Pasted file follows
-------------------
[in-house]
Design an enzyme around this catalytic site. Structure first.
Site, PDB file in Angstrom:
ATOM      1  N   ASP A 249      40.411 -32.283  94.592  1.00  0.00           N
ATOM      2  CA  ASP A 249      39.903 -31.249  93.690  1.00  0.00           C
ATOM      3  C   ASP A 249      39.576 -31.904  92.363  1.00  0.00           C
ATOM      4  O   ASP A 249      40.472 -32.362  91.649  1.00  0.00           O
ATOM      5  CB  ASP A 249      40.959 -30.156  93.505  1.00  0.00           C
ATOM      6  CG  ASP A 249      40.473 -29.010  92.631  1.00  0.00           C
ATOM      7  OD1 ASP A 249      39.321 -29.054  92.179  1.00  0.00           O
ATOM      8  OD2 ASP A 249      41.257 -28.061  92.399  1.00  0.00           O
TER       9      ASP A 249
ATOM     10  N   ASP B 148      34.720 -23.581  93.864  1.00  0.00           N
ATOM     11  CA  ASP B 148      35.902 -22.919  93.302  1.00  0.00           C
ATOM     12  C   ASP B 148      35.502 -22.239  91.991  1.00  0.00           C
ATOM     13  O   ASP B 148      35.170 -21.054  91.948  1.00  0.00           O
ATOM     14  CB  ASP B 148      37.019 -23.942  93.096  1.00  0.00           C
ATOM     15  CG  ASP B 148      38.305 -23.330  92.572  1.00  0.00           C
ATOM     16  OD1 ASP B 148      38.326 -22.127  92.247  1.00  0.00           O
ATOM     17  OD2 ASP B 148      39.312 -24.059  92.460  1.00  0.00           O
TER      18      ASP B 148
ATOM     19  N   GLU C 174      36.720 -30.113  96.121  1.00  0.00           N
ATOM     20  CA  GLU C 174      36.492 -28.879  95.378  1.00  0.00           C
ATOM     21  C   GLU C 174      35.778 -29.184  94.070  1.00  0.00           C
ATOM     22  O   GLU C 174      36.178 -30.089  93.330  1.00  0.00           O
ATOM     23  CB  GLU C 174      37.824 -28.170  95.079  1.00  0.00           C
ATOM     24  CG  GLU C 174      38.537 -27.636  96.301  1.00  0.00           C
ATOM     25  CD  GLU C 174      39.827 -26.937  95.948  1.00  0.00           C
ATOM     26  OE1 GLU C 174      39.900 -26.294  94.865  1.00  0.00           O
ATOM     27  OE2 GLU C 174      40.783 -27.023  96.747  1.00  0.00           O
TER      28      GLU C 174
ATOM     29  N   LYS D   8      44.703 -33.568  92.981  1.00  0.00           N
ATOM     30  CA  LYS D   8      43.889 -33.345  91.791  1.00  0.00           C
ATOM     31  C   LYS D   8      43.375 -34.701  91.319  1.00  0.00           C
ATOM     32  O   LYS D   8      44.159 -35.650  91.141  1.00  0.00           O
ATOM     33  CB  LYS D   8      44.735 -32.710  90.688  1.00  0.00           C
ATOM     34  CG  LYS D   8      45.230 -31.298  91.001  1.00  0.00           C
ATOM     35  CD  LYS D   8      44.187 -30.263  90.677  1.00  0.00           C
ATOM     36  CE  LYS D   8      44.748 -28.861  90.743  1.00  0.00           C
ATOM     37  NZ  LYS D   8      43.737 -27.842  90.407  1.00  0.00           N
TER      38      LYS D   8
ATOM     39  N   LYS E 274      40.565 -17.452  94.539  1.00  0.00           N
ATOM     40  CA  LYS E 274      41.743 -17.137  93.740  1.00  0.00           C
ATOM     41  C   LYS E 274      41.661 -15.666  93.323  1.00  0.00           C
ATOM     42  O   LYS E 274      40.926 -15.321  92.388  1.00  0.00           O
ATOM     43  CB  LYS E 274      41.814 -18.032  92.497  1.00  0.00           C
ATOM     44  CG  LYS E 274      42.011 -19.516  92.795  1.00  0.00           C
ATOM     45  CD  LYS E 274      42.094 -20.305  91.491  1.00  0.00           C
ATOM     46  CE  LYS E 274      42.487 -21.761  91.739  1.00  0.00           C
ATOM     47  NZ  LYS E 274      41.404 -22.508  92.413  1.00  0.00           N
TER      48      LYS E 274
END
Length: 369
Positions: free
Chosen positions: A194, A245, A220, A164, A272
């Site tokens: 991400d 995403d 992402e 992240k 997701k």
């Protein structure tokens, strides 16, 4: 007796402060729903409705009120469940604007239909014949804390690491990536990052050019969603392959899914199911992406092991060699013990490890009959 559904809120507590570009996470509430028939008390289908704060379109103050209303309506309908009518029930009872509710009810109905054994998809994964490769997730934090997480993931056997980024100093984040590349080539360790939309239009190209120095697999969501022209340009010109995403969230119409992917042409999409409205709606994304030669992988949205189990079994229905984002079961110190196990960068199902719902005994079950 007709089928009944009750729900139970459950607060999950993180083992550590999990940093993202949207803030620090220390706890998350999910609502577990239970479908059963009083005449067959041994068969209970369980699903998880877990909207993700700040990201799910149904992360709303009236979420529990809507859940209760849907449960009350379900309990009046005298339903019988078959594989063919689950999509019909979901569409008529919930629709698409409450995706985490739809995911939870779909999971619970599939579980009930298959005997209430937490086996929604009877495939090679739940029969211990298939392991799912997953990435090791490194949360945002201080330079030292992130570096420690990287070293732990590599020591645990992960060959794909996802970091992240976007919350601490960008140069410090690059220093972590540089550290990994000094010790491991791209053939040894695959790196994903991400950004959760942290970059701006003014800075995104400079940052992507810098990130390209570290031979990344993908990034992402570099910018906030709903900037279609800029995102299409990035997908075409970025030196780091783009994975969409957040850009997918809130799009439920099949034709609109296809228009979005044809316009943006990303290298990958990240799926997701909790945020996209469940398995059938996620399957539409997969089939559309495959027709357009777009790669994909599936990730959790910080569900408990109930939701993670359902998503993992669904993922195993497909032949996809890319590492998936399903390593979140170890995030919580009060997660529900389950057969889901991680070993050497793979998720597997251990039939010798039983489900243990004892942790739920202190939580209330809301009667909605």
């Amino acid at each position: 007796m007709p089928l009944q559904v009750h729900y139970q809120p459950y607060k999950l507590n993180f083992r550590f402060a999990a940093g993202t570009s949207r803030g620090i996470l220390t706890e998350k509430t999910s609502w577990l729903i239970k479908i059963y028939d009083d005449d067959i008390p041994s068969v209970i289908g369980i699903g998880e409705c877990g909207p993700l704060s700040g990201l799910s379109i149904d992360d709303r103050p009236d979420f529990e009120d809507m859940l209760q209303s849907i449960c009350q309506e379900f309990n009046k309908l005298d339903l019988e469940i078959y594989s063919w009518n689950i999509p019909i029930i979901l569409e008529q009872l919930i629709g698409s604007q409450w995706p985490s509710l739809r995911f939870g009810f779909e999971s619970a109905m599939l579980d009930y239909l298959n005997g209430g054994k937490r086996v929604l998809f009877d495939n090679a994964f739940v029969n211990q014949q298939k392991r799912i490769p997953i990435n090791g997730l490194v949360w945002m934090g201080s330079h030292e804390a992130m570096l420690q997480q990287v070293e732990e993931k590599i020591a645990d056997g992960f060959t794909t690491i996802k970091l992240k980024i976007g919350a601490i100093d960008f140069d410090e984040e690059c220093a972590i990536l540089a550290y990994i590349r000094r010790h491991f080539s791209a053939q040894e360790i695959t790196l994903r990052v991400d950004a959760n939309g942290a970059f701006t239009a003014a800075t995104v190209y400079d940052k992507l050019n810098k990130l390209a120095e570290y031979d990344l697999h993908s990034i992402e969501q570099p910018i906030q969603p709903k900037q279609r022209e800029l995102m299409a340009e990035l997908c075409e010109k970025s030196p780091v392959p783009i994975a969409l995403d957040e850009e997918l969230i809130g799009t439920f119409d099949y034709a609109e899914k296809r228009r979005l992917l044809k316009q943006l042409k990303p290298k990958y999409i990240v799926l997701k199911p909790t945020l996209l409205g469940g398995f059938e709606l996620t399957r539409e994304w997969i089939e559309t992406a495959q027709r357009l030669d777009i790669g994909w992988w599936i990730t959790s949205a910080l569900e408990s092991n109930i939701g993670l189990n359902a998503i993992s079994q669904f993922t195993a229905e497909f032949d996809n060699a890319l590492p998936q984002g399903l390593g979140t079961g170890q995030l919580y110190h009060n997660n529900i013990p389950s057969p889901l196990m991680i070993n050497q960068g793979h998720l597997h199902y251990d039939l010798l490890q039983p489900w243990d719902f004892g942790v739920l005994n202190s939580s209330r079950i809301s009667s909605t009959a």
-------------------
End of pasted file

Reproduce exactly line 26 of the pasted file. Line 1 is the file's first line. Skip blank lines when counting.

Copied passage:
ATOM     23  CB  GLU C 174      37.824 -28.170  95.079  1.00  0.00           C